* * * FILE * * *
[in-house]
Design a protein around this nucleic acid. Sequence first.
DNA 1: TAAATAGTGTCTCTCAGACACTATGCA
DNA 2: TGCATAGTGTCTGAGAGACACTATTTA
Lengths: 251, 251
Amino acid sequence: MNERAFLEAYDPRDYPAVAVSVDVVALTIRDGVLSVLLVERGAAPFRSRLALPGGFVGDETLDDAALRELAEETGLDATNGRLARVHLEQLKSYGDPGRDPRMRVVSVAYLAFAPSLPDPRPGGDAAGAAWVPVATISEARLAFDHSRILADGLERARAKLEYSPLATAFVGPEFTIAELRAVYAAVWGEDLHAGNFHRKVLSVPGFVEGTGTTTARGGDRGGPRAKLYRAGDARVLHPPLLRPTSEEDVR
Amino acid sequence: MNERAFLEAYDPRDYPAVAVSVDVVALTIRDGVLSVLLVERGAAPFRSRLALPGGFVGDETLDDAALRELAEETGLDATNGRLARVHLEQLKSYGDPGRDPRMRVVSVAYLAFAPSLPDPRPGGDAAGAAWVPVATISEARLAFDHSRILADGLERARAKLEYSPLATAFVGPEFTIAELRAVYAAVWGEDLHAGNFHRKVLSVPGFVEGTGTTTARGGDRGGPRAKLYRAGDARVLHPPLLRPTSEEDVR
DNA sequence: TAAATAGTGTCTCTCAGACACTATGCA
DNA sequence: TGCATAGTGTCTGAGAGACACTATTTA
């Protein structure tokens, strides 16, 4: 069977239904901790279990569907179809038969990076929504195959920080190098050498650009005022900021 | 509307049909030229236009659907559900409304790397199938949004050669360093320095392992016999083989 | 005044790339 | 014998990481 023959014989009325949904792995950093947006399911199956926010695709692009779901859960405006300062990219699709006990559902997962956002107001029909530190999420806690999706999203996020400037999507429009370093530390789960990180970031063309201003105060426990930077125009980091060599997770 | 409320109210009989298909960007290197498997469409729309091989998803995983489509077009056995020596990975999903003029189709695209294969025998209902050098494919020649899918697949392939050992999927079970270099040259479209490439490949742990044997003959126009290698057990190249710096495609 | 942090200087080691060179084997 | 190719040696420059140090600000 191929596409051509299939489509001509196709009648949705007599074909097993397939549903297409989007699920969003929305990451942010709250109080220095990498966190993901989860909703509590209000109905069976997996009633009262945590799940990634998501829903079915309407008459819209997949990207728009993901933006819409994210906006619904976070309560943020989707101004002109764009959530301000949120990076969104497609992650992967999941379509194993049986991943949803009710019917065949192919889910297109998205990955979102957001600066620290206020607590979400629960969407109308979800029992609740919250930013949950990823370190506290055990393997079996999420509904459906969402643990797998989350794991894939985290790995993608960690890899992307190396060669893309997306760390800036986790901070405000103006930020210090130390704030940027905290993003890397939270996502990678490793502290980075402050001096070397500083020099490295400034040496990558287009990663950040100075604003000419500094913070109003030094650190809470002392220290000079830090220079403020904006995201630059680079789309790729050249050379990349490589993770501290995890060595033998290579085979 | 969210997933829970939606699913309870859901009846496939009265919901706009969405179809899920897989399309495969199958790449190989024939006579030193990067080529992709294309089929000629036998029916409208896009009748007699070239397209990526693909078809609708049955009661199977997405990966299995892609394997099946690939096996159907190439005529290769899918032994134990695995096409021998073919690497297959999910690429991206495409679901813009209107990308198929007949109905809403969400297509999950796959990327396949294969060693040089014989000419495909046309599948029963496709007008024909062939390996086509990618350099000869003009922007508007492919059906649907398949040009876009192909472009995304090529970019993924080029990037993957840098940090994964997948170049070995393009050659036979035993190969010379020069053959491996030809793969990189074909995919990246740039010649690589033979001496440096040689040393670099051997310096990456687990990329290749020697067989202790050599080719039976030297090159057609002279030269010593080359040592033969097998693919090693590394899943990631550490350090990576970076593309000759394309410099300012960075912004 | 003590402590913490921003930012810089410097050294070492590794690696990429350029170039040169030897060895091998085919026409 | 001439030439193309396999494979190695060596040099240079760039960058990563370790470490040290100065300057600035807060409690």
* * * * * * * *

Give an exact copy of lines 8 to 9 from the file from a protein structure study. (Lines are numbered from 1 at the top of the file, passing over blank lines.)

DNA sequence: TAAATAGTGTCTCTCAGACACTATGCA
DNA sequence: TGCATAGTGTCTGAGAGACACTATTTA